SLU pep band director resigns in protest of ‘heavy strain’ on group
ST. LOUIS – Officials at the University of St.
Former pep band director Austin Turner, who served in the role for eight years, notified band members of his resignation last week. In the email, he claimed the university had done extra work for the group but would not address the added stress on members.
“I have expressed concerns time and time again, but the burdens placed on the Band this fall were unacceptable,” Turner wrote.
Mental health concerns among students have surfaced at SLU in recent years, as they have at colleges across the country. The university has created a new administrator position dedicated to wellness, hired more counselors, expanded counseling services and created support groups and mental health workshops.
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The university said it met with members of the pep band this week, but denied Turner’s claims.
“Concerns were raised with the Athletic Department regarding pep band scheduling and communication that were addressed last semester,” said athletic department spokesman Brian Kunderman. “We acknowledge these concerns and appreciate they were raised.”
The university will continue to work with pep band leadership and students “to make sure we’re meeting all of their mental health needs,” Kunderman said.
The band’s blue and white striped rugby sweatshirts have long been a staple in the student section at Billiken basketball games. They call themselves the “World’s Greatest Pep Band” and pump up the crowd and home team by playing hard, using props and coordinating chants. Attendance at each game is voluntary, but they have a presence at dozens of games each year, some requiring travel across the country. Members receive a small stipend to play in the band, which is made up of alumni and students.
Previously, the band only played at basketball games, but requests for them to appear at other events began to increase recently at volleyball and football games, and even birthdays and retirement events, Turner wrote. Sometimes they received notice only a few days in advance, and it “started to put a heavy burden on us,” he wrote.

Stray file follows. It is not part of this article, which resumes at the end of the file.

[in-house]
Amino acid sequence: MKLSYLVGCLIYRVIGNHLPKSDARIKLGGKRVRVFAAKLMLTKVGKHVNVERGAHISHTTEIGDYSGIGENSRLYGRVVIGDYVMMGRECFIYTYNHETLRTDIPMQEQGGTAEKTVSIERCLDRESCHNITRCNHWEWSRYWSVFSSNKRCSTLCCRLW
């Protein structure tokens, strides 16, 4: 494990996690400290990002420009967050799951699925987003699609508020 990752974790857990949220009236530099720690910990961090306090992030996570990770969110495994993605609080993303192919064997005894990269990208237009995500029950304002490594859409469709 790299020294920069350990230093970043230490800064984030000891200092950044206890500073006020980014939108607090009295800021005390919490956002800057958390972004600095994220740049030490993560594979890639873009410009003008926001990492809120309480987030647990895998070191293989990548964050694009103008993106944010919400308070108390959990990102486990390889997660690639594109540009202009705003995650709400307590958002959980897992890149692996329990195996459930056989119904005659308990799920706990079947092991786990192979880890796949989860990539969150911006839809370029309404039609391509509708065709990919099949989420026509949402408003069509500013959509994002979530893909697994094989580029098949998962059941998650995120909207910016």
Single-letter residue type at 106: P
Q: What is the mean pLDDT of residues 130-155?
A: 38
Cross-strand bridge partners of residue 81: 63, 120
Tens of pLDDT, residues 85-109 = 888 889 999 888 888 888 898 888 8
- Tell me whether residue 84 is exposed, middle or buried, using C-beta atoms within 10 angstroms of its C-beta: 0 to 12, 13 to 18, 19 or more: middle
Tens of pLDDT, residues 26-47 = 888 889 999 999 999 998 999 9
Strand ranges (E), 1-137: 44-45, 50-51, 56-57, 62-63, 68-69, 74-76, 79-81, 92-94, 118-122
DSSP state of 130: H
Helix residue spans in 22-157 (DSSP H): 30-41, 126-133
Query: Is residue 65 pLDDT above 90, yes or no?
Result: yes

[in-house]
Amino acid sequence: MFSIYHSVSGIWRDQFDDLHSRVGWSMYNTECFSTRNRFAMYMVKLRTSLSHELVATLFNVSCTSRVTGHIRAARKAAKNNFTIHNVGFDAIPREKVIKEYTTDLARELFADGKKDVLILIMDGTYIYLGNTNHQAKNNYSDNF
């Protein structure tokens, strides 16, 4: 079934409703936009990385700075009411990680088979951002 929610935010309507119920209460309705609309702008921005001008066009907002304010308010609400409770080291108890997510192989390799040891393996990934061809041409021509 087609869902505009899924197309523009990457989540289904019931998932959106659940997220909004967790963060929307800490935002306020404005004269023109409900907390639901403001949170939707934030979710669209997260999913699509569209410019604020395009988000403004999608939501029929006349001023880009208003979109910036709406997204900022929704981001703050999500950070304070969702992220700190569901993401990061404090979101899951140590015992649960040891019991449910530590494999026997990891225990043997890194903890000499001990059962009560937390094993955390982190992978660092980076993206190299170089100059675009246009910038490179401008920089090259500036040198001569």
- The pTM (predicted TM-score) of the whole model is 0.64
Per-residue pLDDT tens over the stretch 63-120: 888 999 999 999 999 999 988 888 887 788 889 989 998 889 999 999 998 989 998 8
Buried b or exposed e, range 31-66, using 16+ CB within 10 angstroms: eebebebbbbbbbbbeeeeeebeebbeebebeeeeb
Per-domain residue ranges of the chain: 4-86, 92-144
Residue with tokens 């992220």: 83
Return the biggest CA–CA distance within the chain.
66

Turner, who first joined the group as a student in 2000, said in the email that he had meetings in October and November with athletic administrators where he shared concerns about scheduling and mental health.
The athletic department acknowledged those concerns, Kunderman said, stressing to band members that their participation is “strictly voluntary.” And the department communicated “more directly” with the band’s leadership about additional events where they would be asked to perform.
But the pace of performances didn’t slow down, Turner said in an email.
Turner’s last day was December 31. He did not respond to requests for comment.
SLU graduate and band member Gabe Valdez said he wasn’t sure if the demands of playing in the band were causing mental health issues among the members.
But he said Turner supported group members’ concerns about their schedule. “Austin has been our champion for this,” said Valdez, 25, of Rock Hill.
“It’s kind of hard to imagine the band performing at the same level without him.”
The university hired an interim director, SLU graduate and band drummer Sarah Silverberg. She held two virtual meetings with group members this week to discuss scheduling, communication, mental health and wellness, Kunderman said, and she will continue to meet with the group on the issue until the end of her interim term in March.
She did not respond to requests for comment.
The group’s next home event is a men’s basketball game on Saturday at 3:00 PM at Chaifetz Arena.
The university offers counseling for students. The SLU Counseling Center can be reached at 314-977-8255 (TALK) or by visiting the clinic on the second floor of Wuller Hall at 3711 West Pine Mall.
The Post-Dispatch’s Michele Munz and Carter Chapley contributed to this report.
Fred Thatch Jr. of the University of St. Video by Stu Durando
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